The Senate bill slashes nearly $120 billion from Medicare Advantage plans, jeopardizing millions of seniors' existing coverage. So much for the President's promise that if you like your health plan, you can keep it. No, you can't. Not under this bill.
Mr. Speaker, for the first time ever, ObamaCare forces Americans to acquire an approved health care plan or pay a stiff penalty, like they have somehow committed a crime. The penalty is huge: the greater of $750 per person up to $2,250 per family, or 2 percent of household income. No person in America should be coerced into buying medical insurance.
Under ObamaCare, premiums for nongroup family insurance will increase by as much as $2,000 per year. The Congressional Budget Office estimates that by 2016, premiums will increase by 10 to 30 percent over what would have happened under current law.
ObamaCare would also create 160 boards, commissions, and programs which would vest sweeping powers on bureaucrats to determine what benefits are covered and not, and at what cost.
Last September, Mr. Speaker, President Obama stood a mere 20 feet away from where I am standing now and told a joint session of Congress that, ``no Federal dollars will be used to fund abortions, and Federal conscience laws will remain in place.''
Mr. Speaker, I ask members to vote ``no'' on this bill when it comes to the floor.
This legislation today constitutes the largest expansion of abortion since Roe v. Wade itself, and makes a mockery of that pledge. That means more dead babies and wounded mothers.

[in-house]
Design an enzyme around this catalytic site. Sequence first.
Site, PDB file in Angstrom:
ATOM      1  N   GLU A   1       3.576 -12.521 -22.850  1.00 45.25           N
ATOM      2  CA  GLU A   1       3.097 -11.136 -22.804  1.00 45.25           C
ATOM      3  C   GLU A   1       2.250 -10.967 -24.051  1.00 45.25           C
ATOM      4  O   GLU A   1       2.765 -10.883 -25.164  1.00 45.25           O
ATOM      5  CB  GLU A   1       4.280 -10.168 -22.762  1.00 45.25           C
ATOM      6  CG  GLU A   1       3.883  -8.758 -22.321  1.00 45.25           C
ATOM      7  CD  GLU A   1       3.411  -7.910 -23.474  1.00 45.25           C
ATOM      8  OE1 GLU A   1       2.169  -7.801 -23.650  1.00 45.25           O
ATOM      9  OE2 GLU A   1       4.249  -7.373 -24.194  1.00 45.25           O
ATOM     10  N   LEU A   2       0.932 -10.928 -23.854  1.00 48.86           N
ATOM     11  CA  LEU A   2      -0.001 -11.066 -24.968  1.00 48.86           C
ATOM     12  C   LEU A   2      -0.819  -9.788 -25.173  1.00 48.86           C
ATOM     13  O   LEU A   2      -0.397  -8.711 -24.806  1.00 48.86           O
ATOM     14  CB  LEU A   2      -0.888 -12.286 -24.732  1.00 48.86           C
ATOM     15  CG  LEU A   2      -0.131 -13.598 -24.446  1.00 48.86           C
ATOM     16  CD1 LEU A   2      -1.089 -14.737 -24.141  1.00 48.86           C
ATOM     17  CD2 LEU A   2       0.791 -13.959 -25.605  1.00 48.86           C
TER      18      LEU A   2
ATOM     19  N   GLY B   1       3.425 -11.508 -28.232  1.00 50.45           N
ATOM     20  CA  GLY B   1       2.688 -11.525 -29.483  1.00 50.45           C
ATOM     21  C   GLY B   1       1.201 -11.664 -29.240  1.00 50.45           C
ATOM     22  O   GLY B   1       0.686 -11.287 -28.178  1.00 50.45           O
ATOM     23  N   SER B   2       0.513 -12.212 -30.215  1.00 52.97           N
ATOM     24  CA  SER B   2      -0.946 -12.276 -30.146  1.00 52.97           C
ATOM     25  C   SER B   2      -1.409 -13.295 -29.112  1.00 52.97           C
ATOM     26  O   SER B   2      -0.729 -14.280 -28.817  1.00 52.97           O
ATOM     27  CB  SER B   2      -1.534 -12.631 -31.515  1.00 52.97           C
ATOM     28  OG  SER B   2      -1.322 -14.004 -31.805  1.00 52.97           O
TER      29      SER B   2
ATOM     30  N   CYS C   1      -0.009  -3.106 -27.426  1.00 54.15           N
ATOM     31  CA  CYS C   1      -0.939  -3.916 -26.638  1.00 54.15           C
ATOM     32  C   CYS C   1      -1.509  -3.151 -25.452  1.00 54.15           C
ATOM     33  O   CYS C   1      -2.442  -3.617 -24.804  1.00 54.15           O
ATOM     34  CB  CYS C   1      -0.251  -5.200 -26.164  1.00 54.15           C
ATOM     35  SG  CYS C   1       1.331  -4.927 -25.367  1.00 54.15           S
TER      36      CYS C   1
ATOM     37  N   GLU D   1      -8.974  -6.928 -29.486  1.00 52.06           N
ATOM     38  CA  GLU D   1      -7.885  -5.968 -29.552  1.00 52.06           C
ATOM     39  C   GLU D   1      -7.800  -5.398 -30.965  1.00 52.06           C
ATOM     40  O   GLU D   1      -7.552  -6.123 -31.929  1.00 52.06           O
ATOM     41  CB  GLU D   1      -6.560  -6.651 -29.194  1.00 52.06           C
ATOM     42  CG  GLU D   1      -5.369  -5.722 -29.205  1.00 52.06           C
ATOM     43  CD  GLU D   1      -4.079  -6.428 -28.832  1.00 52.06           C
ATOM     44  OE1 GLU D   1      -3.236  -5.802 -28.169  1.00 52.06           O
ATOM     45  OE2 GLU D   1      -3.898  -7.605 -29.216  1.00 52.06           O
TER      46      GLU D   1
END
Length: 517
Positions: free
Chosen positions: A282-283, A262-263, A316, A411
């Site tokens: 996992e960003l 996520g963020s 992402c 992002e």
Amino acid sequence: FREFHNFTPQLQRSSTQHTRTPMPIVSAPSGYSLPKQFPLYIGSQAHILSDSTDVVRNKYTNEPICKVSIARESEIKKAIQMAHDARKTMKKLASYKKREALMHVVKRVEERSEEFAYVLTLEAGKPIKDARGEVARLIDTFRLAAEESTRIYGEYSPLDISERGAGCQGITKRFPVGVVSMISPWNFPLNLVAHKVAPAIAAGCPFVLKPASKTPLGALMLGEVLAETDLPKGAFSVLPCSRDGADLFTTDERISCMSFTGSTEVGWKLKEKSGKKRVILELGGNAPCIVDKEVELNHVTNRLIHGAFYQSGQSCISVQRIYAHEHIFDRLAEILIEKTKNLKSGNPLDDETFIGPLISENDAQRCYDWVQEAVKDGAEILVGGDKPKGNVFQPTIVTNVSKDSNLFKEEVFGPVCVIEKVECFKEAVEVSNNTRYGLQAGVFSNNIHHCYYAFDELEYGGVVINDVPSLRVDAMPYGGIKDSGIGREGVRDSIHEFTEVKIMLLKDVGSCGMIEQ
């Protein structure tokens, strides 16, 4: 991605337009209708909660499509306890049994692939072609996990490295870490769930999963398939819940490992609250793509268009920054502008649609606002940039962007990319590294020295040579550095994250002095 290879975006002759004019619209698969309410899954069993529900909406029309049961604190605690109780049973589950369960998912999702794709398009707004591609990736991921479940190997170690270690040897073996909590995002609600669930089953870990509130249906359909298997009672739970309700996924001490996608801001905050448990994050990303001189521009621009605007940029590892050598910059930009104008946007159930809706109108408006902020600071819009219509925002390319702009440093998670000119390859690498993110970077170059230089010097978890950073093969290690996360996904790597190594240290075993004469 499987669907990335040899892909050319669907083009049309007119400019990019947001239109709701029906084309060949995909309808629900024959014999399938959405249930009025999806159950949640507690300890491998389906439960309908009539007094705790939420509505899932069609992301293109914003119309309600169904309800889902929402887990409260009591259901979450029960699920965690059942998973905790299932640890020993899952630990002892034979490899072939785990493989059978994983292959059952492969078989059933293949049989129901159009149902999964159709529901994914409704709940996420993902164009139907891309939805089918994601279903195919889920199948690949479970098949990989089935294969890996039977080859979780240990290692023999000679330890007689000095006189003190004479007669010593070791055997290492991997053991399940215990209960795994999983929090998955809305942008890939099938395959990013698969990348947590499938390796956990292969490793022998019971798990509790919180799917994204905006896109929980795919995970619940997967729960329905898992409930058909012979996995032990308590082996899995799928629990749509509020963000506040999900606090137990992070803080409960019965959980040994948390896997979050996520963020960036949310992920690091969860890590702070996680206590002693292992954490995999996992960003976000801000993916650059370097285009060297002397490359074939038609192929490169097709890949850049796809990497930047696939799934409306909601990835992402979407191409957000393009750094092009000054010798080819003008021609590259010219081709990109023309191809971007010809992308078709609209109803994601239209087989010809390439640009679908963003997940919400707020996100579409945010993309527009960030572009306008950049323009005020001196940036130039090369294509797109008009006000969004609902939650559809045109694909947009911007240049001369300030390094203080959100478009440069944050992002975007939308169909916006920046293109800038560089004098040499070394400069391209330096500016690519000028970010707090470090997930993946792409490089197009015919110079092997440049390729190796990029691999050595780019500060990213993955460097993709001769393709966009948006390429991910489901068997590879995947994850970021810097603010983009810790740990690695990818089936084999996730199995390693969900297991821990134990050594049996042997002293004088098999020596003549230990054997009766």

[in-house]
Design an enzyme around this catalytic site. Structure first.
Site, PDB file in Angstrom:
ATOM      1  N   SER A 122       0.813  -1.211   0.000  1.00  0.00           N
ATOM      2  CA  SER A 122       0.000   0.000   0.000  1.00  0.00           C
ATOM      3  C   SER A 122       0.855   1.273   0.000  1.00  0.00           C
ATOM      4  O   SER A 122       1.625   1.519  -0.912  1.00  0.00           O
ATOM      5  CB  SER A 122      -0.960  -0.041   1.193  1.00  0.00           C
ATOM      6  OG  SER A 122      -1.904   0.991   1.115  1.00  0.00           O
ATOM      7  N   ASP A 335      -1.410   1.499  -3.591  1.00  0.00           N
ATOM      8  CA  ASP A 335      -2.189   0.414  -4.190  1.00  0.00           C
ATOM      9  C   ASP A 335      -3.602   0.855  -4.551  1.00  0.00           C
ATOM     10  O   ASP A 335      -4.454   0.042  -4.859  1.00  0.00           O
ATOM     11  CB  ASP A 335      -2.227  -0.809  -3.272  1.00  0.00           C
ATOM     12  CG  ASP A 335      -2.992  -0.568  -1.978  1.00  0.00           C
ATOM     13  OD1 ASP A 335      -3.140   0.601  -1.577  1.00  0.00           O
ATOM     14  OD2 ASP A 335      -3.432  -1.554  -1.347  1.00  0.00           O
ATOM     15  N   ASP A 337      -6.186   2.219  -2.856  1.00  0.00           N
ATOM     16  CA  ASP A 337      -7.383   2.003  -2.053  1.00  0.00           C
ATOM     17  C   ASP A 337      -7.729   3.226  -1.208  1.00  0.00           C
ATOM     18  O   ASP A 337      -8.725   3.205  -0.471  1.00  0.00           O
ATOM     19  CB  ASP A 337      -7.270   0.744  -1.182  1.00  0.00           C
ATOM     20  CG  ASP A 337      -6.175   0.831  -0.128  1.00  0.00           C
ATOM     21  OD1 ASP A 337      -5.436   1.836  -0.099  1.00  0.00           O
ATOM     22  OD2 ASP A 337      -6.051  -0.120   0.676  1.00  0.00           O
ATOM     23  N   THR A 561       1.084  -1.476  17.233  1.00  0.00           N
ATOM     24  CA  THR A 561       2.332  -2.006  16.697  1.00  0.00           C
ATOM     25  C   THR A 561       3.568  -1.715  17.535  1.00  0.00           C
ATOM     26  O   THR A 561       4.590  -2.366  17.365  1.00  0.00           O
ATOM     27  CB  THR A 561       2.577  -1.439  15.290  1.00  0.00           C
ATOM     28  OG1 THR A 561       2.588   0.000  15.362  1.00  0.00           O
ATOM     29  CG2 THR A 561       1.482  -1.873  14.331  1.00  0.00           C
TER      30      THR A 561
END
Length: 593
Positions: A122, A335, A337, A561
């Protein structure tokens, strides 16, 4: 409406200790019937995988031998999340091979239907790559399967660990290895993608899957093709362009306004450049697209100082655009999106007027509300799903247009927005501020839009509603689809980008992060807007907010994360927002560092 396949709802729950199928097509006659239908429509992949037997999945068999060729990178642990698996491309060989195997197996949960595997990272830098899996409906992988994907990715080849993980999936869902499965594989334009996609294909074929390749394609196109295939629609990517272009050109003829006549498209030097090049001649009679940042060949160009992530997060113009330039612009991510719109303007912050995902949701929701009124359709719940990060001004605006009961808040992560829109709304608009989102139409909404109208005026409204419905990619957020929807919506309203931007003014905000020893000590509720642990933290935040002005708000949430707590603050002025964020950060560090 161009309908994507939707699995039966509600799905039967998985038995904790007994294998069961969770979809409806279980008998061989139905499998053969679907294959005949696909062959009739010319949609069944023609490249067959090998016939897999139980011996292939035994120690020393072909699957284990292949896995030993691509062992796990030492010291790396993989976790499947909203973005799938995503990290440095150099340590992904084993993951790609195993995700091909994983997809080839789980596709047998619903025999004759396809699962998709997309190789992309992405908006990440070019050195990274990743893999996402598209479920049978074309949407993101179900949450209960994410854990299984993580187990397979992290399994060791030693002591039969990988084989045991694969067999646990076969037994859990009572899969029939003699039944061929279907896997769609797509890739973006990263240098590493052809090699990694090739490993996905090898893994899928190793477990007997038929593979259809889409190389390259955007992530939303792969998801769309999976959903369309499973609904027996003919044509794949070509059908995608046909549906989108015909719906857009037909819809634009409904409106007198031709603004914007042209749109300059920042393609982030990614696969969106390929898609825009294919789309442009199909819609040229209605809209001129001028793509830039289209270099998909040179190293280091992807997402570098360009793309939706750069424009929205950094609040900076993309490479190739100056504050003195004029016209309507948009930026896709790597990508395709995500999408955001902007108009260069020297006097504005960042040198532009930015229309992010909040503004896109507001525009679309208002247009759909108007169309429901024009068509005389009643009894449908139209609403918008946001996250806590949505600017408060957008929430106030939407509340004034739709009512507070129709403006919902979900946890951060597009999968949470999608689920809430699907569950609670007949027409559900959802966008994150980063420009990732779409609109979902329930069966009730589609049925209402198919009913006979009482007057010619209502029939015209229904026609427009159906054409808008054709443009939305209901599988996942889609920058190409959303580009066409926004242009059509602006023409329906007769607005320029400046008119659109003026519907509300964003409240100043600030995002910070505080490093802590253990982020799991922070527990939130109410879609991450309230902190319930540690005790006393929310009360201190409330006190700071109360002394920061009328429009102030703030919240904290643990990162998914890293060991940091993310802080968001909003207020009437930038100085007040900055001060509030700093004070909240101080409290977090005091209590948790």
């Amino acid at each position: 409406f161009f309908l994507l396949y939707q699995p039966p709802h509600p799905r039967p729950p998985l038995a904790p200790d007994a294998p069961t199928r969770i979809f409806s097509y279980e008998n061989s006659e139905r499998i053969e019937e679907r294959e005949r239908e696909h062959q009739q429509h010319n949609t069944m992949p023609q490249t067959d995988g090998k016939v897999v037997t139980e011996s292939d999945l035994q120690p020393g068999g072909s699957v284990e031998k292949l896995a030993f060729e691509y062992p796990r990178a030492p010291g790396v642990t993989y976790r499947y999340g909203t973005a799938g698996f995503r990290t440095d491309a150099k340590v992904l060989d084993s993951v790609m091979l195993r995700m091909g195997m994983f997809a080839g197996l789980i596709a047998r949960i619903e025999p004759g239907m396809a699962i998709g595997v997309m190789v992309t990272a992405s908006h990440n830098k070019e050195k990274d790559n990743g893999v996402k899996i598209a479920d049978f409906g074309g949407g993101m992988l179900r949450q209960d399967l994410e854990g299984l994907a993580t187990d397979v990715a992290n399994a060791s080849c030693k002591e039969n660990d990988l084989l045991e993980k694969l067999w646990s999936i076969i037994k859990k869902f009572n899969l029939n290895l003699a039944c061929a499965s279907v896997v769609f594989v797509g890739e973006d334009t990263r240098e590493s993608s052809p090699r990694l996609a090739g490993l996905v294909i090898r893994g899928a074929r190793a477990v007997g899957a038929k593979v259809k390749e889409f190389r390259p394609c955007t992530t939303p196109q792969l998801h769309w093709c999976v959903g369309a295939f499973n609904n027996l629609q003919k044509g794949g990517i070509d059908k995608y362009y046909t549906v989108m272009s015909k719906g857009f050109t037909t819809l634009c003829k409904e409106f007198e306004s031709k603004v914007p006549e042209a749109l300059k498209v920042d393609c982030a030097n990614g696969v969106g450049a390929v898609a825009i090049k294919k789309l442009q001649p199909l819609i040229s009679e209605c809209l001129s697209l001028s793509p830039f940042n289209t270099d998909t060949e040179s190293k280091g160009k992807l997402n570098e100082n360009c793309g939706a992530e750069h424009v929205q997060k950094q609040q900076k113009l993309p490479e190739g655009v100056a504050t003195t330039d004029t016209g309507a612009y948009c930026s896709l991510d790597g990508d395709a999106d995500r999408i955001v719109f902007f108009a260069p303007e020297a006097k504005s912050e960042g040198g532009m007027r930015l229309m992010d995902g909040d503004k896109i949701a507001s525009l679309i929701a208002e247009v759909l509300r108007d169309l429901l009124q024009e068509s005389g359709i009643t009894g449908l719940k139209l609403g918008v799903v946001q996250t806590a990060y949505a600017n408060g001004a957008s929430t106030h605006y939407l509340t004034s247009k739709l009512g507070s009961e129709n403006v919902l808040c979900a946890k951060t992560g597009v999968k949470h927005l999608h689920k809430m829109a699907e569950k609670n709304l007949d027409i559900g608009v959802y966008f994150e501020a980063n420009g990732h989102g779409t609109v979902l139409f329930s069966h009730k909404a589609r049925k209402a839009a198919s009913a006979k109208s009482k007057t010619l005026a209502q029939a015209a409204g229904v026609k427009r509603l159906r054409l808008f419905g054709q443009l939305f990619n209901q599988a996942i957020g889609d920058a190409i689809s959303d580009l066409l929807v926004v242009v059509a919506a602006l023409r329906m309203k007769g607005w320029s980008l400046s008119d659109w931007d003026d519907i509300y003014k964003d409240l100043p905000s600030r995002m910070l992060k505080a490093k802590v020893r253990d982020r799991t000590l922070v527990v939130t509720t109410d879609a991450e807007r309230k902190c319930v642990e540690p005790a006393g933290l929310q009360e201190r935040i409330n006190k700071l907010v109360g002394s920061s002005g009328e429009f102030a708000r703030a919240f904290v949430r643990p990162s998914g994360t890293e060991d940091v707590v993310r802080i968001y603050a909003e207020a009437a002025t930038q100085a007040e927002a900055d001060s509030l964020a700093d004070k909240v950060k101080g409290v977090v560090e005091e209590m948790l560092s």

Additionally, Obamacare fails to institute real medical liability reforms to end junk lawsuits and curb the costs of defensive medicine--these have long been identified as significant forces in driving up health costs.
The goal of responsible health care reform should be to provide credible health insurance coverage for everyone, strengthening the health care safety net so that no one is left out, and incentivizing quality and innovation, as well as healthy behaviors and prevention. This means that the current private health insurance market will have to be reformed to put patients first, and to eliminate denials of pre-existing conditions and lifetime caps and promoting portability between jobs and geographic areas, including across state lines. The tax code should be modernized to promote affordability and individual control, provide assistance to low-income and middle-class families. Medicare requires reform to be more efficient and responsive, with sustainable payment rates.
Of course, responsible health care reform will respect basic principles of justice: it will put patients and their doctors in charge of medical decisions not insurance companies or government bureaucrats. It will also ensure that the lives and health of all persons are respected regardless of stage of development, age or disability.
It's time to go back to the drawling board and address what's broken and fix it.
The American public deserve better than what's on the table.
- March 17, 2010
- June 10, 2010
- December 17, 2013
- December 17, 2009
- December 1, 2009
- May 14, 2013
- February 2, 2012
- November 12, 2013
- March 17, 2011
- April 5, 2016